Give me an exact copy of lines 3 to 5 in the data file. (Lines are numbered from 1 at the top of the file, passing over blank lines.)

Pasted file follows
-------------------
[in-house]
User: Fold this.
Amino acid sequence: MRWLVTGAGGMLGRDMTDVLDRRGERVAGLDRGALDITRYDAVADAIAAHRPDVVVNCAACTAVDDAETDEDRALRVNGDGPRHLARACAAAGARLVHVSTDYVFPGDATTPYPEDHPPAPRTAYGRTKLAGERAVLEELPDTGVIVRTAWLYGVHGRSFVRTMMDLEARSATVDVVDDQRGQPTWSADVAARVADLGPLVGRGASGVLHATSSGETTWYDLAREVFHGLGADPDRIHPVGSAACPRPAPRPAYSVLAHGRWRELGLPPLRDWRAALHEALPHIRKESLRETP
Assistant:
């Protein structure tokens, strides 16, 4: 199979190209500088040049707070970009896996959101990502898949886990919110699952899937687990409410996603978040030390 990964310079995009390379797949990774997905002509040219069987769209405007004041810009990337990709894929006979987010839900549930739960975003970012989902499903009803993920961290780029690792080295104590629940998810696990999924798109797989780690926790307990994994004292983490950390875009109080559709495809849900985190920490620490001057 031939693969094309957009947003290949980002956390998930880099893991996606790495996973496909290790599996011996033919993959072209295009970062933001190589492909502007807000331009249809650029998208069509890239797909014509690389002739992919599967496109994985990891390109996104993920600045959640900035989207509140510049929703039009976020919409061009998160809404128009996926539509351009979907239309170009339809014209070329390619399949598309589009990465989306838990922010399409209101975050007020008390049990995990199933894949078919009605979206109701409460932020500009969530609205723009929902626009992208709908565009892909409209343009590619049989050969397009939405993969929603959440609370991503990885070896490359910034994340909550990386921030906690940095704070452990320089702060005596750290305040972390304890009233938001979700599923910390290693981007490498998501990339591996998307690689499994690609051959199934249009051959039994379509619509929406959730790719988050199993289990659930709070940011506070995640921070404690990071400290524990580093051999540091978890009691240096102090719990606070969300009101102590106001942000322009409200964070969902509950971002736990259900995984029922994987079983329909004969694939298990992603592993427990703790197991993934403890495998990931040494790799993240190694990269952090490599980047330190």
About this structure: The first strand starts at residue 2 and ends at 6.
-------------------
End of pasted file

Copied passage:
Amino acid sequence: MRWLVTGAGGMLGRDMTDVLDRRGERVAGLDRGALDITRYDAVADAIAAHRPDVVVNCAACTAVDDAETDEDRALRVNGDGPRHLARACAAAGARLVHVSTDYVFPGDATTPYPEDHPPAPRTAYGRTKLAGERAVLEELPDTGVIVRTAWLYGVHGRSFVRTMMDLEARSATVDVVDDQRGQPTWSADVAARVADLGPLVGRGASGVLHATSSGETTWYDLAREVFHGLGADPDRIHPVGSAACPRPAPRPAYSVLAHGRWRELGLPPLRDWRAALHEALPHIRKESLRETP
Assistant:
């Protein structure tokens, strides 16, 4: 199979190209500088040049707070970009896996959101990502898949886990919110699952899937687990409410996603978040030390 990964310079995009390379797949990774997905002509040219069987769209405007004041810009990337990709894929006979987010839900549930739960975003970012989902499903009803993920961290780029690792080295104590629940998810696990999924798109797989780690926790307990994994004292983490950390875009109080559709495809849900985190920490620490001057 031939693969094309957009947003290949980002956390998930880099893991996606790495996973496909290790599996011996033919993959072209295009970062933001190589492909502007807000331009249809650029998208069509890239797909014509690389002739992919599967496109994985990891390109996104993920600045959640900035989207509140510049929703039009976020919409061009998160809404128009996926539509351009979907239309170009339809014209070329390619399949598309589009990465989306838990922010399409209101975050007020008390049990995990199933894949078919009605979206109701409460932020500009969530609205723009929902626009992208709908565009892909409209343009590619049989050969397009939405993969929603959440609370991503990885070896490359910034994340909550990386921030906690940095704070452990320089702060005596750290305040972390304890009233938001979700599923910390290693981007490498998501990339591996998307690689499994690609051959199934249009051959039994379509619509929406959730790719988050199993289990659930709070940011506070995640921070404690990071400290524990580093051999540091978890009691240096102090719990606070969300009101102590106001942000322009409200964070969902509950971002736990259900995984029922994987079983329909004969694939298990992603592993427990703790197991993934403890495998990931040494790799993240190694990269952090490599980047330190």